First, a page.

The series was on its last breath, and a dwindling grid and shortened calendar put the nail in the coffin. Instead, the Supercopter would remain as a Le Mans Museum piece.
8. Nissan P35
Production of the P35 began in 1992 as a response to new Group C cars being introduced that would outpace Nissan’s older cars.
Nissan intended to build the P35 from carbonfibre, although the test cars were built from aluminium and carbon to save time, and because the Nissan Performance Technology Inc didn’t have much experience of building carbonfibre chassis.
However, the economic troubles of the era meant that the project was canned soon after the first few cars had been tested. In total, just three cars were built.
9. Nissan R383
Nissan needed to replace the R382 and in 1970 the R383 was born.
It kept the GRX-3 6-litre V12, although power was upped to 700bhp from 600bhp.
Nissan focused on aerodynamics and the old nose vents were removed which left the entire frontal area flat, the radiators were moved to the sides and vents were placed in the doors.
The manufacturer also built a turbocharged car for testing which produced 900bhp.
The cars were meant to enter the 1970 Japanese Grand Prix, competing against the likes of Toyota, Isuzu and Porsche, but the race was cancelled by the Japanese Automobile Federation, leaving the R383 with nowhere to compete.
10. Toyota 7 (578A)
Both Yamaha and Toyota were involved in building the 7, a Group 7 racer that would be Toyota’s first purpose-built racing car.
Things started in 1967 when Yamaha was brought in to work on an aluminium monocoque chassis for Toyota’s new 415S, an internal code for the Toyota 7.
It had two seats, a 300bhp 3-litre V8 and an overall weight of just 800kg.
Development of the new 578A, a turbocharged version, began in 1969. It had an 800bhp 5-litre V8 and it was ready to compete in the 1970 Japanese Grand Prix against the aforementioned Nissan R383.
Unfortunately, the series was cancelled.
11. Alfa Romeo SE048SP
V10 power and lightweight 750kg cars summed up Group C racing of the ’90s.
The SE048SP had a chassis that was developed by Abarth and it used the 3.5-litre V10 from the Alfa Romeo 164 ProCar.
At the time, Lancia was focused on dominating the World Rally Championship and Ferrari was concentrating on F1, which left Alfa Romeo as the only part of the Fiat Group that had the capacity for (non-F1) motor racing.
Very little was revealed about the SE048SP’s specifications and the car never left its development phase, due to cost and the shift from sports cars to Touring Cars.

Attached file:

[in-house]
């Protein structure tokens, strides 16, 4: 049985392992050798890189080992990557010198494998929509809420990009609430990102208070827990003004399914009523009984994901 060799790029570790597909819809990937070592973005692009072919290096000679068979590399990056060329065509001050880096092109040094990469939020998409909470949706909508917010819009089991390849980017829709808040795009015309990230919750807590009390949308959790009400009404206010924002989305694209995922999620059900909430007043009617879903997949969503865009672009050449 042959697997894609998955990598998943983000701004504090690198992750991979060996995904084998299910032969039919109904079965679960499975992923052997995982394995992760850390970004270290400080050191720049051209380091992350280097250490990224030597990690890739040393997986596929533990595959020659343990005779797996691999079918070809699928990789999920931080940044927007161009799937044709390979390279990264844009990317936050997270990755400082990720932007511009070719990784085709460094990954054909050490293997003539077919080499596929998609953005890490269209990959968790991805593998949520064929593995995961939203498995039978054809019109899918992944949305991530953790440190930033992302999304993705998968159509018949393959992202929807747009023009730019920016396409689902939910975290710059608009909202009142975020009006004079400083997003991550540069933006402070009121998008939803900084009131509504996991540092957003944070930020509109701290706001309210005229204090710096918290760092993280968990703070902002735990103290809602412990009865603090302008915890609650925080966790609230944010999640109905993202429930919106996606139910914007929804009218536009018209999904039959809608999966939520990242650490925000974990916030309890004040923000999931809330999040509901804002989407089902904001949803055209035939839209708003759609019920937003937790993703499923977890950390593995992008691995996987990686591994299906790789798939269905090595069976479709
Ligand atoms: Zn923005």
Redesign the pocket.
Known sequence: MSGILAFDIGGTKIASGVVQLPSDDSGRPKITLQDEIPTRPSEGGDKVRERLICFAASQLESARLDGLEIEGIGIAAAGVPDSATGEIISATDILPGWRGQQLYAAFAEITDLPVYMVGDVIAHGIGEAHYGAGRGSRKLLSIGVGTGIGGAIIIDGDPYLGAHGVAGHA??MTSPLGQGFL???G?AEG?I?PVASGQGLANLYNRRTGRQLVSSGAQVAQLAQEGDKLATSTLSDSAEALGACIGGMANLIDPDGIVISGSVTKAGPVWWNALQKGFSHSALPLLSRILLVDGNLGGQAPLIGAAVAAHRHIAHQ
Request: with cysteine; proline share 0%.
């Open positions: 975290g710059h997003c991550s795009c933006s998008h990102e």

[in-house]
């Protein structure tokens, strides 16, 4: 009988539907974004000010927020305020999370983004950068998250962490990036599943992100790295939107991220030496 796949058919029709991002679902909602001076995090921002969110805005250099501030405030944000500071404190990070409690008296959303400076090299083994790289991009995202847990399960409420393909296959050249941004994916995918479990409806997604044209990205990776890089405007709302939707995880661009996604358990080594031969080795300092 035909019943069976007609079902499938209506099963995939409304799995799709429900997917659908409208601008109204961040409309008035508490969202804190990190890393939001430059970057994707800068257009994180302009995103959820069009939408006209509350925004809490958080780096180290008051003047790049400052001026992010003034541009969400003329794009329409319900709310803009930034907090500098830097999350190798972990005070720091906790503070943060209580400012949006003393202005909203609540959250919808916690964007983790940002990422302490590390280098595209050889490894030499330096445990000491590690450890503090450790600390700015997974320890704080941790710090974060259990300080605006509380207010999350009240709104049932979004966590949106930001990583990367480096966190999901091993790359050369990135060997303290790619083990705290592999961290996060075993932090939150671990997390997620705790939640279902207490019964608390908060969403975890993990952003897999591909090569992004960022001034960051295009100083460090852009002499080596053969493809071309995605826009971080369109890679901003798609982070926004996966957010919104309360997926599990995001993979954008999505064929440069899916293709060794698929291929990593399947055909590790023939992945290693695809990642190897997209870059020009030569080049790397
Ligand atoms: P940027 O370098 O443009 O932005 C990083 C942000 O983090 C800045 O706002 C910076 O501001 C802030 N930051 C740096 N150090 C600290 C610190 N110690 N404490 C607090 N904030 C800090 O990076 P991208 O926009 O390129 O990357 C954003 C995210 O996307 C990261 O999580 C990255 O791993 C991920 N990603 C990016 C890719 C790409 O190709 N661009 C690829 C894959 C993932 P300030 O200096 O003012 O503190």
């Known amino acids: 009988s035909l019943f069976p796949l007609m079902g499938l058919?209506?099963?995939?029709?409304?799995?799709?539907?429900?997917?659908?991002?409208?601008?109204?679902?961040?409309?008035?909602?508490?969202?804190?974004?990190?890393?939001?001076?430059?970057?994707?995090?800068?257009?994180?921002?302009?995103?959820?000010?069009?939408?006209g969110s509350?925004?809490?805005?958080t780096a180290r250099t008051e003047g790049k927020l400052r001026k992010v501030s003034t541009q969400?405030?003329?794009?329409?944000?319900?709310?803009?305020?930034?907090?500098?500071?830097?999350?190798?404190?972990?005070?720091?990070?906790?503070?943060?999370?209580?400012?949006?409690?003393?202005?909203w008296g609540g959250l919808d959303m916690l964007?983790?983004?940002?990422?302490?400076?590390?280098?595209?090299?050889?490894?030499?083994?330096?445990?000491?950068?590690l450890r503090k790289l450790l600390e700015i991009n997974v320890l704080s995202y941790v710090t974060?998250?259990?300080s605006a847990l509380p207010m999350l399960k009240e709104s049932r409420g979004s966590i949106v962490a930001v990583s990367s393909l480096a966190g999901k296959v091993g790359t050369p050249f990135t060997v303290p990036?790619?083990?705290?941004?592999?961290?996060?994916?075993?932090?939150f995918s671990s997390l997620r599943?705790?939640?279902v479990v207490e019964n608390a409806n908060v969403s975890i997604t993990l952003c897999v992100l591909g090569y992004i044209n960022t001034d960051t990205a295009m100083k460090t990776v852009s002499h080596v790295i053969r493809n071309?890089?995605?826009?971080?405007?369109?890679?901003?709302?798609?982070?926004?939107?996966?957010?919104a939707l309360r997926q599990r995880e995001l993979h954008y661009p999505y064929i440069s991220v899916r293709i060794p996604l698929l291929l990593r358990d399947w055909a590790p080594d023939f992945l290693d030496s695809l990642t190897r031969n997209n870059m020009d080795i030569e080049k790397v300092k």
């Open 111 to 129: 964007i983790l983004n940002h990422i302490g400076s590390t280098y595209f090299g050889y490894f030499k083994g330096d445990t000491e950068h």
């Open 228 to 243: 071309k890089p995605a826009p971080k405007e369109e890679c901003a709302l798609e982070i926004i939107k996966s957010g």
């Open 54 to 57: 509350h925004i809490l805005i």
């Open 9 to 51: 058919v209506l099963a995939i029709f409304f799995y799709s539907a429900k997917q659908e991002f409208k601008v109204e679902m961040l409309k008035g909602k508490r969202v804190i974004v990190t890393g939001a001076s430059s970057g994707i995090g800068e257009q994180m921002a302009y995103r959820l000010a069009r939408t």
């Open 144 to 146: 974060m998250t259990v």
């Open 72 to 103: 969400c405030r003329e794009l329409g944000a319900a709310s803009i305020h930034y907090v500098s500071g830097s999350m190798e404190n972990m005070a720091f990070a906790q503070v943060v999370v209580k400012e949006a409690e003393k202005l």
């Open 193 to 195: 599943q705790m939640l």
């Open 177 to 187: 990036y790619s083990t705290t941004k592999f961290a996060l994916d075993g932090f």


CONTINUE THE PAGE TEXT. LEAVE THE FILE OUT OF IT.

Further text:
At some point in its life, the V10 was removed and replaced with a Ferrari V12, as noted at its public Goodwood Festival of Speed appearance in 2010.
12. Ferrari 637
Enzo Ferrari was rather unhappy with the impending engine regulations in F1 and, as a result, he commissioned the design of an IndyCar – the 637 – that would take part in the American CART series which started in 1979.
Truesports CART team helped with the research and development phase and driver, Bobby Rahal, travelled to Italy to drive another Indy car, a March 85C-Cosworth, after which that car would be studied as part of the plan to build the 637.
A 2.65-litre turbocharged V8 car with 700bhp, mated to a moulded aluminium and composite carbon chassis, was the result.
Ferrari’s technical director, John Barnard, believed that the marque couldn’t be competitive in both F1 and IndyCar, so the plug was pulled.
13. Shelby Turbine
It was 1968 when Carroll Shelby and Ken Wallis, who had come close to winning the IndyCar series with turbine cars, struck an agreement to design a new turbine car.
The turbine unit would be a GE T-58 which produced 1325bhp and it was paired to a four-wheel-drive system; due to its size, it could only be placed on the side of the car.
The car went through testing, but a rule was introduced that mandated smaller intakes.
This saw Wallis cheat by fitting variable air intakes to the front of the car, but Shelby’s engineer who was involved in the project found out and quit, fearing his reputation. Shelby then pulled the Turbine from racing.
14. Jaguar XJ13
Considered to be one of the prettiest Jaguars of all time, the XJ13 was to compete in Le Mans in the mid-1960s but it was never a priority, and it became even less so after the BMC merge.
The aluminium bodywork was the art of Malcolm Sayer, the aerodynamicist behind the C-type and D-type.
A mid-mounted, 5-litre V12 was fitted and mated to a five-speed manual gearbox, while the suspension was like that of the E-type except for the coil-spring units.
The XJ13 was tested at MIRA and Silverstone, confirming that, if it was to compete, further development would be required. As is well known today, the car was crashed at MIRA by Norman Dewis.
Only one was made and it remained in storage.
15. Alfa Romeo Tipo 512
The Tipo 512 was the first mid-engined Alfa Romeo racer. That engine was a 1.5-litre V12, which had a short stroke at just 54.2mm compared to other Grand Prix cars, with two Roots-type superchargers, which meant 335bhp at 8600rpm.
In 1940, Alfa Romeo sent its test driver, Attilio Marinoni, out on public roads to test the 512’s suspension which was fitted to an Alfetta 158. The car crashed into a truck and Attilo Marinoni lost his life.